Genuineness in Music and the Arts

This post was inspired by Stravinsky’s Poetics of Music Lesson One – Getting Acquainted (Amazon affiliate link)

Stravinsky’s first lesson outlines his game plan, as I outlined mine in previous posts.

“I should like to place my plan of confessions mid-way between an academic course and what one might call an apology for my own general ideas.  I use the word apology…in the sense of a justification and defense of my ideas and personal views. In fine, all this means that I shall be giving you dogmatic confidences”

“Dogmatic confidences” is an important term.  His game plan is already open to discussion.  How can we hold these confessions to be true with no proof?  His justification:

“The fact that the value and efficacy of such an explanation have been tested in my own experience convinces me – and guarantees you – that I am not offering you a mass of mere opinions, but rather that I am submitting to you a body of findings which, though made by me, are none the less just as valid for others as for myself…My experiences and investigations are entirely objective, and my introspections have led me to question myself only that I might derive something concrete from them…These ideas that I am developing…have served and will continue to serve as the basis for musical creation precisely because they have been developed in actual practice.”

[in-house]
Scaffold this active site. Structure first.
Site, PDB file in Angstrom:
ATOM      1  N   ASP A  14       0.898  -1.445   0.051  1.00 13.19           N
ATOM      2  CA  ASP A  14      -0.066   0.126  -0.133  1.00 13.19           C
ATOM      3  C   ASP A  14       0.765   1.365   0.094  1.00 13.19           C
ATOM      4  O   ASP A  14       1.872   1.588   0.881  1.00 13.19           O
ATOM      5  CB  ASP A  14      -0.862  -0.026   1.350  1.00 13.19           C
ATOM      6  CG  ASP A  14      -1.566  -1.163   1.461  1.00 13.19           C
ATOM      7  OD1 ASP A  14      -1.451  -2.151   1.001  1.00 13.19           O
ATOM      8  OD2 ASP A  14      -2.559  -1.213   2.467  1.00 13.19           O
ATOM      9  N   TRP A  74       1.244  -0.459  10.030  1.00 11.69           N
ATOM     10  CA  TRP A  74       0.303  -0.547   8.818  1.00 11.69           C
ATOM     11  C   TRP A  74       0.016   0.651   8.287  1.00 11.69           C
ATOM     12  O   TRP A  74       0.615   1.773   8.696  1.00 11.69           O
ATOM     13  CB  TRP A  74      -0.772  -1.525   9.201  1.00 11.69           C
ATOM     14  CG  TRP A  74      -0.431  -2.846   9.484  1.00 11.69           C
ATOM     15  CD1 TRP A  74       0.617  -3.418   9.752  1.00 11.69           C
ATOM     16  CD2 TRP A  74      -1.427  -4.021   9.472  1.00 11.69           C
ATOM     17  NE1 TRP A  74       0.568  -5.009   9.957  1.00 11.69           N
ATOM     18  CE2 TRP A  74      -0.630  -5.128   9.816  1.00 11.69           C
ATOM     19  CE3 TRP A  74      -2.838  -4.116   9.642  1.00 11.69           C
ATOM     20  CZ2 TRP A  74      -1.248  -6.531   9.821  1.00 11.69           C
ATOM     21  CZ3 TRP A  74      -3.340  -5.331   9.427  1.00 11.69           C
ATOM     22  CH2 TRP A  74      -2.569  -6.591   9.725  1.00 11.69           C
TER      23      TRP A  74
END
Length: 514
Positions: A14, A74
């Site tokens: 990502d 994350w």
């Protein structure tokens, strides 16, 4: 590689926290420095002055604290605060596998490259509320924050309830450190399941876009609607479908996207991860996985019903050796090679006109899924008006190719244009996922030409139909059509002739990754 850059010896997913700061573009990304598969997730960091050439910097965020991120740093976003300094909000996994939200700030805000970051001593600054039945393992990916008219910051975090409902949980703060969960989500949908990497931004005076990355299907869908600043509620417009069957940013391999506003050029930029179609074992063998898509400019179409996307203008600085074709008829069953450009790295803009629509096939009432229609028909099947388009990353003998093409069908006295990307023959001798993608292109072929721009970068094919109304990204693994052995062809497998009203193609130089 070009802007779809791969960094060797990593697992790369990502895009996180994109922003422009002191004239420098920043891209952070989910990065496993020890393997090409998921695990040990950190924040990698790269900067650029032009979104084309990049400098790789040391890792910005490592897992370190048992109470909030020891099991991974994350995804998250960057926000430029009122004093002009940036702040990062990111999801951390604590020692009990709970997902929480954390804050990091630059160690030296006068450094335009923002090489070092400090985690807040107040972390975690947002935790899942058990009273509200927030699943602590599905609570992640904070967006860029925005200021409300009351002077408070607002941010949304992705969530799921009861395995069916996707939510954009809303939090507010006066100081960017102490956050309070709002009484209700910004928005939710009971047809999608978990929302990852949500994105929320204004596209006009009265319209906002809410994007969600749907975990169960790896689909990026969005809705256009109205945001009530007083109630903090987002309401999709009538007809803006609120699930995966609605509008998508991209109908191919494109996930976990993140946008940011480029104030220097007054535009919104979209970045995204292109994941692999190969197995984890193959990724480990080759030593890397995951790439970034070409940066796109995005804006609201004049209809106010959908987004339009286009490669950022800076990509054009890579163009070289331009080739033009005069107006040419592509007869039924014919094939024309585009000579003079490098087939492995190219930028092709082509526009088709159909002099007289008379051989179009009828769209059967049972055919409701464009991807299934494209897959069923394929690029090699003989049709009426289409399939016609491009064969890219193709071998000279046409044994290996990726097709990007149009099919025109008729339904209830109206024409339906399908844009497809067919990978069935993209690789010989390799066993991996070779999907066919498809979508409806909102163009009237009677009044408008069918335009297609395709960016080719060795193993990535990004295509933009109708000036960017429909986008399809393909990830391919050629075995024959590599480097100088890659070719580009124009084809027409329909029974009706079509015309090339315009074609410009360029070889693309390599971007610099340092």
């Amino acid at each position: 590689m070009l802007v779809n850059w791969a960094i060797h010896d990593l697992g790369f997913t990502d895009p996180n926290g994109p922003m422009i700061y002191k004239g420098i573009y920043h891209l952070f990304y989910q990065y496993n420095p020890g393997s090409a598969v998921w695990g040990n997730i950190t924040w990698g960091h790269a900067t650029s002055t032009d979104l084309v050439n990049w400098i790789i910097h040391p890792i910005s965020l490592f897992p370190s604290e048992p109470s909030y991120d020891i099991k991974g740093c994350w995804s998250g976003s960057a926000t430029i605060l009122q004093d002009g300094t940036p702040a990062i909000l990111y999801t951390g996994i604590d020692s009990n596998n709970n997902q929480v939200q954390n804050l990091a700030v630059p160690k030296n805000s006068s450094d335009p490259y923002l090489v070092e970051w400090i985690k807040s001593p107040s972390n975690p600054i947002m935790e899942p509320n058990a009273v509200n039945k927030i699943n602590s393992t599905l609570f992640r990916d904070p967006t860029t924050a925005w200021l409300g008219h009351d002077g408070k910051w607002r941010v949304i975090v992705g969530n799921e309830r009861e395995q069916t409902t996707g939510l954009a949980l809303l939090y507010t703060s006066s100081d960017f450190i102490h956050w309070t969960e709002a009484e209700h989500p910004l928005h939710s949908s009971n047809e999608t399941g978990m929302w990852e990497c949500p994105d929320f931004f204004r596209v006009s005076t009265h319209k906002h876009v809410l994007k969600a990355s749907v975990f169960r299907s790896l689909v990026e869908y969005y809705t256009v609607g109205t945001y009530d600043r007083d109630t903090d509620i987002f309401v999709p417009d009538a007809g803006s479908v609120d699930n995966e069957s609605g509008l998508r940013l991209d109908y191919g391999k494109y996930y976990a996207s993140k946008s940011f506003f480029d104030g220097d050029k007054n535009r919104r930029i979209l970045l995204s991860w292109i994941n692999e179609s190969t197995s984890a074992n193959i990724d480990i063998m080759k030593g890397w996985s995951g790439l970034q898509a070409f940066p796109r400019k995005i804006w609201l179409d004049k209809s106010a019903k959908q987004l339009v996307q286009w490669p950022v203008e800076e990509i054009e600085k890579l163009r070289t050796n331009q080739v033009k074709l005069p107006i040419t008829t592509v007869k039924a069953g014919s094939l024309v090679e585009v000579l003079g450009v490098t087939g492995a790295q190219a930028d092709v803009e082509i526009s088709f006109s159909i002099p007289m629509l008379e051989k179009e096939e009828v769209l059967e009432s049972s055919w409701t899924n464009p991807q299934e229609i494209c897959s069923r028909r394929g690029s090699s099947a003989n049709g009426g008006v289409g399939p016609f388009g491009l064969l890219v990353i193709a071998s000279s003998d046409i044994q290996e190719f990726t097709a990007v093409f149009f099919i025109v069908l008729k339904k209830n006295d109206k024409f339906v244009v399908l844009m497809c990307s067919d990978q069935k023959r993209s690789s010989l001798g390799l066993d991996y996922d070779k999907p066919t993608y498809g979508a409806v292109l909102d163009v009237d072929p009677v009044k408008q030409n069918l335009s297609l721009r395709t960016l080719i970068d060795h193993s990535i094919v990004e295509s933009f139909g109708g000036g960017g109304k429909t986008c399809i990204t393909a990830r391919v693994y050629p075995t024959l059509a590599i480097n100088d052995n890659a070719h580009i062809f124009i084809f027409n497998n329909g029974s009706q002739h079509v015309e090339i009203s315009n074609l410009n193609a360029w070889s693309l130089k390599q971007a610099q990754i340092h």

This is Stravinsky’s link between creative action and theoretical creativity.  I’ll refer to them respectively as playing and talking (about playing).

Stravinsky claims his views are true and objective because his playing is real; his talking informs his playing and vise versa; his theory and practice are totally in sync.

Some people can’t play; they just talk.  They don’t have any experience or substance to prove their claims.  Others can’t talk; they just play.  They don’t understand or don’t care to understand their purpose.   They also lack the skills for communicating ideas in a non-musical form.

Side Note: Both types of people make poor teachers.

This isn’t an issue of taste; it’s an issue of genuineness.  Any creator who practices what he preaches (and vise versa) has a kind of unifying theory that can be said to be true, objective and real.  Do what you say; say what you do!

A unifying theory could exist on different levels.  What’s interesting is that Stravinsky’s Poetics, although about “making in the field of music,” only tackles big issues and avoids mention of specific melodic, harmonic and rhythmic materials.  Some theories only deal with melodic, harmonic and rhythmic materials, and could also cover teaching and technique.  For the individual, it’s not important on what level your theory exists.  What’s important is that it’s unified with your practice.

For future consideration: How does an individual’s theory of the arts evolve?  How does his/her practice evolve with it?

Further reading: Theory (epistêmê) and practice (technê) in ancient Greek philosophy (Link).

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